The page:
Starr Carter (Amandla Stenberg) lives in Garden Heights, a mostly poor, mostly black neighborhood where her parents grew up, but she attends a mostly rich, mostly white prep school. To cope with the differences in these two worlds, she informs early on in The Hate U Give, directed by George Tillman, Jr., she has developed two identities: Garden Heights Starr and Williamson Starr. She’s a keen observer of the unwritten rules that govern her high school, so she knows that while the white kids may gain social points by imitating aspects of black culture, at school she must avoid any behavior that would taint her as “ghetto,” and above all must be approachable and nonconfrontational.
Starr handles the code-switching demands of her life admirably until one day something happens that requires her to address, rather than ignore, the differences in the two worlds she moves in. One evening she leaves a party with Khalil (Algee Smith), a boy she grew up with in Garden Heights. He is pulled over for a minor traffic violation, and before you know it he’s been shot dead by “Cop 115” (Drew Starkey). Starr (who was ordered to not record the arrest with her phone, but did manage to note the policeman’s badge number) is handcuffed and taken the the police station, where she is asked not about what happened at the traffic stop but about information that could be used to discredit Khalil.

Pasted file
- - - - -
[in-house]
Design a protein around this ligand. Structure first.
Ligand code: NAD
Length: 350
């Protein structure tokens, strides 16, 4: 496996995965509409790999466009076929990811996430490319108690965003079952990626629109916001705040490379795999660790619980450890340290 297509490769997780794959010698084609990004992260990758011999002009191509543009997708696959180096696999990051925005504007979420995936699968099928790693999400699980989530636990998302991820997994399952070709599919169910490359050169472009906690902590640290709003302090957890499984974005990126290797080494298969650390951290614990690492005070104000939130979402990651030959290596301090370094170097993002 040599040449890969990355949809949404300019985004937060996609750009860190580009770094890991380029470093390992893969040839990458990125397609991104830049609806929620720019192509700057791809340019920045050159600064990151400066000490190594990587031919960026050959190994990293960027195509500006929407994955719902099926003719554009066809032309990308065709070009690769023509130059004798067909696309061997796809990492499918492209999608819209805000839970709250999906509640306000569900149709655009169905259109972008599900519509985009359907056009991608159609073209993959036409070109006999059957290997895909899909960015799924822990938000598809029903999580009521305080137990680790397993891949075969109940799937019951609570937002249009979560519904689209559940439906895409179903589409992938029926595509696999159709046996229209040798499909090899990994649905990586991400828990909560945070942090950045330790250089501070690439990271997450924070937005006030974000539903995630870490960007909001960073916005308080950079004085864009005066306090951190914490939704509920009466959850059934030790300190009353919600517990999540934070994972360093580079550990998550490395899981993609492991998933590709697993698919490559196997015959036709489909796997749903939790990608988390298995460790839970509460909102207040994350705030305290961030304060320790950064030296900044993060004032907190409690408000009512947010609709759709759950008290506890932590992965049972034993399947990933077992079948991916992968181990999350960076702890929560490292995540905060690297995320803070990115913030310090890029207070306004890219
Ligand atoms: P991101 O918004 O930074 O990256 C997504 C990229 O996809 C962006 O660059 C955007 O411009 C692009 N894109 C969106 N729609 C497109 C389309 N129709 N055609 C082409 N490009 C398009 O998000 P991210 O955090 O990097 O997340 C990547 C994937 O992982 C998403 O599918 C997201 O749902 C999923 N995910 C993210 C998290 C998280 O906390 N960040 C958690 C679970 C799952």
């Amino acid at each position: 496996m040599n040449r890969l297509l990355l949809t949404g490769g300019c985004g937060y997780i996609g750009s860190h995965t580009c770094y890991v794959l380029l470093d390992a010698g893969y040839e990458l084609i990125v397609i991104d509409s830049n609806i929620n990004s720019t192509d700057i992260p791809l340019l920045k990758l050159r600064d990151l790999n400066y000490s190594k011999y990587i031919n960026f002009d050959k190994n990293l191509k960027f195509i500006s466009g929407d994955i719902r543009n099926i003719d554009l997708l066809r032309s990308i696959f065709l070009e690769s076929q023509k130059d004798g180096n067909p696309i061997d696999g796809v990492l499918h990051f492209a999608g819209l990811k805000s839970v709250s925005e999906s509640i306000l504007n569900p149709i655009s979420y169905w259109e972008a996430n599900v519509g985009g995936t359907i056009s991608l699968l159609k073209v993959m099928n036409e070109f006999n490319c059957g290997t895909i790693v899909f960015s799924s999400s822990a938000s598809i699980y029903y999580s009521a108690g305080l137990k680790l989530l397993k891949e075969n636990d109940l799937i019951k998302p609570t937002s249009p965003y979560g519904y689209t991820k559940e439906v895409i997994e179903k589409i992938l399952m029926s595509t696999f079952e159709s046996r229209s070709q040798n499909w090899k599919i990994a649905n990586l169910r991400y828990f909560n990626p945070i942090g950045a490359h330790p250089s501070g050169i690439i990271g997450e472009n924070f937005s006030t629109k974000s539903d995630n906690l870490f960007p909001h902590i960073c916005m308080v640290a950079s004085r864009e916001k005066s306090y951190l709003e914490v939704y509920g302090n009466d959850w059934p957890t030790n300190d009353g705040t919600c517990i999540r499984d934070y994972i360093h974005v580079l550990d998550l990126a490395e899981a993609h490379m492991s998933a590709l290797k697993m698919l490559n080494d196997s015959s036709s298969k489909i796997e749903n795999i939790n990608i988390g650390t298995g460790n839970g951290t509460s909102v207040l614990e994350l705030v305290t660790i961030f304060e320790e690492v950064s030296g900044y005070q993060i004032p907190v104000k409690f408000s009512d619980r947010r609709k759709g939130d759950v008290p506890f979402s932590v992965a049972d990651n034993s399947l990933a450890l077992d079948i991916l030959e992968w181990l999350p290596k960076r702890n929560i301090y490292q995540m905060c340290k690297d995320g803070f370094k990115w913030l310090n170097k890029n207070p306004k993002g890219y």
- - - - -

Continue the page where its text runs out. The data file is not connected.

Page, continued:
Starr’s parents (Regina Hall and Russell Hornsby) are understandably concerned about protecting their daughter, particularly since any testimony about the drug trade in the neighborhood (Khalil was a dealer, but for the most admirable of reasons—it was the only way he could support his family) could bring down the wrath of the local strongman, King (Anthony Mackie). Her friends at school have no idea what she is going through, because she can’t tell them about the traffic stop, and even if she did, her Garden Heights life is so far outside their experience that they have no way to relate to it.
What I like best about The Hate U Give, which was adapted from a bestselling YA novel by Angie Thomas, is how firmly it keeps its focus on its young heroine. Yes, the plot may be ripped from the headlines (although there have been so many police shootings of unarmed black men recently that one might well ask which headline), but The Hate U Give is primarily about how Starr deals with the challenges facing her, and how she finds a way to reconcile her two identities. It’s also a wonderful portrayal of a family (including an older half-brother played by Lamar Johnson, and a younger brother played by T.J. Wright) made up of imperfect people who still find a way to get it right on everything that really matters.
Near the end of the film, Starr’s uncle Carlos (Common), who serves with the same police force that killed Khalil, tries to explain to her how complicated a simple traffic stop can be from the perspective of a police officer. Her point of view from the passenger’s seat in the car of someone she knows is quite different, he tells her, from that of the policeman who doesn’t know who the driver is or whether he is dangerous, and who understandably becomes alarmed if the driver fails to obey his commands. But to Starr’s way of looking at things, just because something is complicated doesn’t mean that there’s no way to distinguish right from wrong. The truth is that they’re both right, and that is the difficult reality is behind the story of The Hate U Give. |Sarah Boslaugh